White Papers By Date
Secondary investments in private equity can be an attractive addition to primary private equity investments. They offer broad diversification across vintage years, industries, geographies, managers and investment strategies. Generally, capital is deployed faster than with primary commitments, reducing the time that commitments are held in reserve, and they have shorter life cycles than primary funds. Realizations usually occur more quickly, driven by the maturity of the interests acquired. This has the benefit of minimizing the impact of the J-curve. This paper will examine some of the key elements of secondary investing and of investing with secondary fund managers, and will provide a framework for evaluating secondary managers.
Once an investor decides to allocate capital to private equity, the first question is: “How should I go about it?” Properly structured, private equity can be the most rewarding sector of an investment portfolio. Unfortunately, most investors in private equity don’t earn returns anywhere near what they need to compensate for the risks they have taken. The purpose of this paper is to summarize the private equity opportunity, identify the key risks, and outline a strategy for investing in private equity sensibly and profitably. This paper is designed to be useful to investors who are looking to put less than $50 million into a diversified private equity portfolio.
Many members of wealthy families have a complicated relationship with their wealth, and this is often especially the case with young adults. This paper examines the issues faced by wealthy families in the context of the historically important role that society’s wealthiest members have played and continue to play in America’s competitive success and in making the world a better place.
There is some uncertainty surrounding the future of long-term and short-term capital gains tax rates, especially given the fact that the Presidential election is fast approaching and the expiration of the Bush era tax rates is on the horizon. However, even in the current environment it is possible for investors to take action.
Most investors are well aware of the exceptional track record compiled by Yale University under the leadership of CIO David Swensen. But we suspect that far fewer investors are familiar with the Norway Government Pension Fund (NGPF), which can fairly be viewed as the “anti-Yale.” The NGPF is now the largest sovereign wealth fund in the world and probably the most admired as well. In the attached paper we’ve taken a look at the interesting implications of these different models for family investors.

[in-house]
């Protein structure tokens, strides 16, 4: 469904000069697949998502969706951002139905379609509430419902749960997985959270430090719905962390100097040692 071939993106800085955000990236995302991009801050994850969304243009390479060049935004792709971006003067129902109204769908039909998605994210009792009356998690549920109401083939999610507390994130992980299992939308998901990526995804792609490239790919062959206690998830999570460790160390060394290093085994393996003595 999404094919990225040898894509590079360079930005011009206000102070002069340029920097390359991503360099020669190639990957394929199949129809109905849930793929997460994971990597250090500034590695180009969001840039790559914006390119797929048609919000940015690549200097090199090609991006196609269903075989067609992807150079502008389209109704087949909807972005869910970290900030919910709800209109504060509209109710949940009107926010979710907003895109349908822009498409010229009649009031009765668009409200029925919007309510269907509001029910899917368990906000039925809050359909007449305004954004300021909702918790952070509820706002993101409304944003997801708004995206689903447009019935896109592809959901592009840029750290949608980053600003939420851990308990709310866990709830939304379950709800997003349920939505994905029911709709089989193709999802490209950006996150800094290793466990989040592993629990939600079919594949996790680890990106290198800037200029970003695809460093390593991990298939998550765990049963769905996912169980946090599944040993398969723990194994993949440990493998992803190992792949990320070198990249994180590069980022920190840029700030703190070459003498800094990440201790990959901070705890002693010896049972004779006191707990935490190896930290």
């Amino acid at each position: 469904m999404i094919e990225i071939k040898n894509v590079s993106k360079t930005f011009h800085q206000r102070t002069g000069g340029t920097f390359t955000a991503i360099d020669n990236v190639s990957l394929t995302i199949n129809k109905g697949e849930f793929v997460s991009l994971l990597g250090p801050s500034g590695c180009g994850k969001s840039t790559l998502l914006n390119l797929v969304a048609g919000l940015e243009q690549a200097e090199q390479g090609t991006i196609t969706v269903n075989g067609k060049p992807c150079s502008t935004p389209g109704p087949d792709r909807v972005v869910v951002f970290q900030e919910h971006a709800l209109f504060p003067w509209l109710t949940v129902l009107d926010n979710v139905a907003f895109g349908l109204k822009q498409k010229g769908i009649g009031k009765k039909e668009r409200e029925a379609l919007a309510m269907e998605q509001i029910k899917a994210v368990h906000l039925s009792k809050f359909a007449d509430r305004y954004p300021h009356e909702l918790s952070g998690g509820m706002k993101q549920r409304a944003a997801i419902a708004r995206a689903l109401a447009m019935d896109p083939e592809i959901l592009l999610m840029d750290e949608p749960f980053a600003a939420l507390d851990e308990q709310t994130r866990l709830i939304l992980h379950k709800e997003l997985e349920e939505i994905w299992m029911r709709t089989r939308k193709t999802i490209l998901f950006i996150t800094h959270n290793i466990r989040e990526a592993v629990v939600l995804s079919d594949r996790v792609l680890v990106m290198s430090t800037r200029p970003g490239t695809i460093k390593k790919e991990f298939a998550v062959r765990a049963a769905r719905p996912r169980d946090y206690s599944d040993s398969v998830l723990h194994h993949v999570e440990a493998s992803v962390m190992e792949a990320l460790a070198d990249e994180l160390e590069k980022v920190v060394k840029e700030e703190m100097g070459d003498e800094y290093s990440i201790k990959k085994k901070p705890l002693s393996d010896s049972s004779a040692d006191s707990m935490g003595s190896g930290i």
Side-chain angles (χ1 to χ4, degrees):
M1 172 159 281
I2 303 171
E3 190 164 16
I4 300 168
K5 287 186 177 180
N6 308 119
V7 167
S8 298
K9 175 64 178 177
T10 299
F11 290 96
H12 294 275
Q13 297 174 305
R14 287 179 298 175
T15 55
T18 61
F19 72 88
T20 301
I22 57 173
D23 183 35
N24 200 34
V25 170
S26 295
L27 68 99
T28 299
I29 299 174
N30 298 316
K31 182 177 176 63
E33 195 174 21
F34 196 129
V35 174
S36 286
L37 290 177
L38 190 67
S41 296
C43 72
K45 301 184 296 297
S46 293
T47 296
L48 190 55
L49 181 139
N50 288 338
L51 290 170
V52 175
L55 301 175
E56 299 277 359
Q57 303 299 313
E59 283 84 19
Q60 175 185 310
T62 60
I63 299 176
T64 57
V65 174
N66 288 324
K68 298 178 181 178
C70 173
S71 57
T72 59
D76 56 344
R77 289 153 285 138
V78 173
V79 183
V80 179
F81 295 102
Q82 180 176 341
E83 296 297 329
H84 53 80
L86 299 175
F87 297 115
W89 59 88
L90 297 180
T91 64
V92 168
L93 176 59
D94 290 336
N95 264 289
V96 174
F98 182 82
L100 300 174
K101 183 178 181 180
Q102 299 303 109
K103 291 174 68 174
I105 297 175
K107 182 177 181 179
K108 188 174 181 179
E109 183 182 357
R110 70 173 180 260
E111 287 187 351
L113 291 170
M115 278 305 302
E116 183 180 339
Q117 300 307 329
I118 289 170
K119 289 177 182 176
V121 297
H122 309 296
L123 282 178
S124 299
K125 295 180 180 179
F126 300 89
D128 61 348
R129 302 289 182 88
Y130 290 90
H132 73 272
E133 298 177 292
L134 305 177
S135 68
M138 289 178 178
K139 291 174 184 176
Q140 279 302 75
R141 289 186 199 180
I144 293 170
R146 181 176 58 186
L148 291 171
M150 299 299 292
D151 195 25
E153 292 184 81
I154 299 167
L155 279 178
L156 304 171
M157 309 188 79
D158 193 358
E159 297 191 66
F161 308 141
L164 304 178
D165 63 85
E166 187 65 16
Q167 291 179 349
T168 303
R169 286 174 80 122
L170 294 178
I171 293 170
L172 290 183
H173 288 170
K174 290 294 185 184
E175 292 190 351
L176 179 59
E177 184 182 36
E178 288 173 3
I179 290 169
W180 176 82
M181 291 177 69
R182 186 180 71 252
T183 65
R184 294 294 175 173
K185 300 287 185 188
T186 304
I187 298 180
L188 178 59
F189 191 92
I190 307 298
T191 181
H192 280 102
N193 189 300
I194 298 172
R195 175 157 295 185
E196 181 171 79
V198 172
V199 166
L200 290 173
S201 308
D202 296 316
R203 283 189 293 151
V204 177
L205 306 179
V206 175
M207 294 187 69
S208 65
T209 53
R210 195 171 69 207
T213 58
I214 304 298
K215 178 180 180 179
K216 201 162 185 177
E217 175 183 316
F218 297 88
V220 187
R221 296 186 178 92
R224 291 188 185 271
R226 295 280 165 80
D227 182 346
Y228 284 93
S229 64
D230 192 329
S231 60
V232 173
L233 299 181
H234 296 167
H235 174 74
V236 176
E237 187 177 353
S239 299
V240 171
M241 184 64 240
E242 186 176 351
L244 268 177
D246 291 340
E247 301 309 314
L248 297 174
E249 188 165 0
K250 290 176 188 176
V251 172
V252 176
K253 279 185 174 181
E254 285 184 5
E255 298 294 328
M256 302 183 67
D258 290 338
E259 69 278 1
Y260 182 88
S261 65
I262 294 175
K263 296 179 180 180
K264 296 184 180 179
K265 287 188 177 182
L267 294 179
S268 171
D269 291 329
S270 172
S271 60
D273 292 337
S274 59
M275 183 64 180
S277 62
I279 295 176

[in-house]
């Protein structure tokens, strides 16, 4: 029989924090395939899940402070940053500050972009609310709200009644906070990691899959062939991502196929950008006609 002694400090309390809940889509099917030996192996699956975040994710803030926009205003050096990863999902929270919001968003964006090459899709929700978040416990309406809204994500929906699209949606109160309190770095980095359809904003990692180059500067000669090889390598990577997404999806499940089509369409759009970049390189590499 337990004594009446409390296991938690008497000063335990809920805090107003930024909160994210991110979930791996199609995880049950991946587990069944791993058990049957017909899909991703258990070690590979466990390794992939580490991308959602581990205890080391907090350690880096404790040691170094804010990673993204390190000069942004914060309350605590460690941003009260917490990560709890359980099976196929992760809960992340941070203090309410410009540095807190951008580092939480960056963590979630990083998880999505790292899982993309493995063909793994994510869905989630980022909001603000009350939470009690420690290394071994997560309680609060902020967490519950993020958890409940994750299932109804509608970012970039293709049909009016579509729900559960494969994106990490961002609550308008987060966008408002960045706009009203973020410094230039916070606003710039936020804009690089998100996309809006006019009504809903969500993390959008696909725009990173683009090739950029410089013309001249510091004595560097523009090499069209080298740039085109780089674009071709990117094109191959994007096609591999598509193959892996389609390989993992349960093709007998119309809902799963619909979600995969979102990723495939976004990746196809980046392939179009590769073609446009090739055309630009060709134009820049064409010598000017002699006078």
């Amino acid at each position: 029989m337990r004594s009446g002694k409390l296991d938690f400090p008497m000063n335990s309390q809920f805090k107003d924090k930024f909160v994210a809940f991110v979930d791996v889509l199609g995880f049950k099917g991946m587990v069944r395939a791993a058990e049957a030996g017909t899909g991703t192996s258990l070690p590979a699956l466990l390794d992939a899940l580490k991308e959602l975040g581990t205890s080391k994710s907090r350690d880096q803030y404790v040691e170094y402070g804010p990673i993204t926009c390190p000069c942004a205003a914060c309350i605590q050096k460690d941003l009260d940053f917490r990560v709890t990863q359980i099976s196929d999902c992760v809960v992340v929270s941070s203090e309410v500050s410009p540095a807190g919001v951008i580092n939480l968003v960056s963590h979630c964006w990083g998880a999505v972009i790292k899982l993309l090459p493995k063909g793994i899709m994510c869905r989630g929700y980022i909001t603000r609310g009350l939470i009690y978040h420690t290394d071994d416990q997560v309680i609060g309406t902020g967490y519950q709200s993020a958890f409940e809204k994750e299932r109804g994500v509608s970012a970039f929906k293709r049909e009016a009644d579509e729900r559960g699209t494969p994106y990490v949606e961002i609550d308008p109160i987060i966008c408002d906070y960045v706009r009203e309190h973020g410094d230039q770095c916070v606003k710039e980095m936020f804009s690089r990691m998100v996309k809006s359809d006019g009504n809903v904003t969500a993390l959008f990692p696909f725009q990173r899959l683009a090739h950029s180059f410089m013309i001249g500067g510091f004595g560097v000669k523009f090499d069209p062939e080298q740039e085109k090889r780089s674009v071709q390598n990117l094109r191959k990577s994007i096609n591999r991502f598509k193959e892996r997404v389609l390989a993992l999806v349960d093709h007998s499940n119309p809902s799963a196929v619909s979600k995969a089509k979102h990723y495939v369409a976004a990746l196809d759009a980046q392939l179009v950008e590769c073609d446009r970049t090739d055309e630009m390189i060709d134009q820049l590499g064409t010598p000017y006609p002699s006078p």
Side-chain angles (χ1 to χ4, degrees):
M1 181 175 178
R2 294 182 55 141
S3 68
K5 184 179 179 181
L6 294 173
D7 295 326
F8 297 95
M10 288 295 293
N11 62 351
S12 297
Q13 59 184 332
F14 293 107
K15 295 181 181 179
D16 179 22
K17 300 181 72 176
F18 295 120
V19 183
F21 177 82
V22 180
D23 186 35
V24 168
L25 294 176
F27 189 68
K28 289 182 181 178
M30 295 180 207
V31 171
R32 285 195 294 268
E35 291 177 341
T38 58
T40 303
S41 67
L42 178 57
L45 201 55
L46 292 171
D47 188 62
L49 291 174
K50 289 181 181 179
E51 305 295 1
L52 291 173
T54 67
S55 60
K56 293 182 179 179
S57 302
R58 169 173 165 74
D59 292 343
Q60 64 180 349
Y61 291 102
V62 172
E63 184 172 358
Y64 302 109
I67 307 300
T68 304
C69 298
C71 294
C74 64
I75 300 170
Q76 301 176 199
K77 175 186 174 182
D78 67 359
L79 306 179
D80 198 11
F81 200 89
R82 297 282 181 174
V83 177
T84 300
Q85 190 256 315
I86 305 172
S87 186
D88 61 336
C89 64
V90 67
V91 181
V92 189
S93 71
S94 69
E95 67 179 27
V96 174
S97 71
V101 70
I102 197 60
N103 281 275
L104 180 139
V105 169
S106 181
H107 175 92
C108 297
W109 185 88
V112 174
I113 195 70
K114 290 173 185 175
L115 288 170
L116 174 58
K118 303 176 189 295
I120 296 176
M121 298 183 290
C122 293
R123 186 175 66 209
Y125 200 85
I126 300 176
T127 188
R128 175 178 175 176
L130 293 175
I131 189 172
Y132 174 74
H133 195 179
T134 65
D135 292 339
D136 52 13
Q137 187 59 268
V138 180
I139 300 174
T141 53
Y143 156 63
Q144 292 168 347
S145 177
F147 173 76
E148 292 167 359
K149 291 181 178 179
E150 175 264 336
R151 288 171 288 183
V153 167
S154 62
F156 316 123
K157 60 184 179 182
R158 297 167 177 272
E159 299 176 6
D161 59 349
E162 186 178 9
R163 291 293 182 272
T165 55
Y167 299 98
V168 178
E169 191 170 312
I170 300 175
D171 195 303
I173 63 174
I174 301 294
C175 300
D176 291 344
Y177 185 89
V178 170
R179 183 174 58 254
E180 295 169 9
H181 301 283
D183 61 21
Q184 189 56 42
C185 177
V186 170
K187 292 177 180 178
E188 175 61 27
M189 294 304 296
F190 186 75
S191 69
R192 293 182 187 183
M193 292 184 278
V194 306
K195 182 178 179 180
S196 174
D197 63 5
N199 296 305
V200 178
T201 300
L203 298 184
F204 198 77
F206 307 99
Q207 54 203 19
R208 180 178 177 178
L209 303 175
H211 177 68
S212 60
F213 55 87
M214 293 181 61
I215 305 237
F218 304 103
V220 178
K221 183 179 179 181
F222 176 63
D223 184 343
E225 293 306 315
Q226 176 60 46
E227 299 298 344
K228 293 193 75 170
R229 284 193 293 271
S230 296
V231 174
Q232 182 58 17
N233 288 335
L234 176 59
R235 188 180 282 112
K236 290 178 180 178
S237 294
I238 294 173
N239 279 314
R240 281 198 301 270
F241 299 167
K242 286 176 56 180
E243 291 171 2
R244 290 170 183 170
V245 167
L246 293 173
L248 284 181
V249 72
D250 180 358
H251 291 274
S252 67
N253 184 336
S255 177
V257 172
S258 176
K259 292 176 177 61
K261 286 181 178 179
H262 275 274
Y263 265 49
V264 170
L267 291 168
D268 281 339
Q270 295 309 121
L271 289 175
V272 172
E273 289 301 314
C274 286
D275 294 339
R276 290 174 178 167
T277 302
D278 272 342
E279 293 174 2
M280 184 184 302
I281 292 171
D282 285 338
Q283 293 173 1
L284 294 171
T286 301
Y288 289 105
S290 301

Investing on the basis of fundamentals has long been a cornerstone for prudent investors. However, the rash of extreme geopolitical events over the past several years has tried investors’ patience, riled portfolios and turned sound expectations on their heads. This white paper examines the factors that have contributed to this dilemma and discusses investment strategies investors can implement to ride out the unusual market conditions in a thoughtful and disciplined manner.
We have discussed agriculture investing at our Greycourt Investment Committee meetings and some of our clients have expressed interest in this area. What is “ag” investing and what is the investment thesis to support it? What are the sources of return in agriculture investing? Should investors add these investments to their portfolio of real assets? In this white paper, Greycourt examines these questions and explores the pros and cons of agriculture investing.
The financial crisis that began almost five years ago is still with us and we are still dominated by the events unfolding in Europe. What are some of the root causes of the crisis, and what is the future likely to hold for the Western democracies and for investor capital? In this white paper, Greycourt examines the evolution of the financial crisis, focusing specifically on Europe, and offers advice on how investors might best navigate the complex future we face.
Investors strive to act prudently and to generate good risk-adjusted returns. But what happens when these two objectives are in conflict? In this white paper Greycourt discusses the conditions under which these goals may be incompatible and offers suggestions for minimizing the opportunity costs that arise when prudence gets in the way of returns.
This paper examines gold’s history, discusses the myths and facts about gold and considers the reasons (both irrational and rational) why investors buy gold in the first place.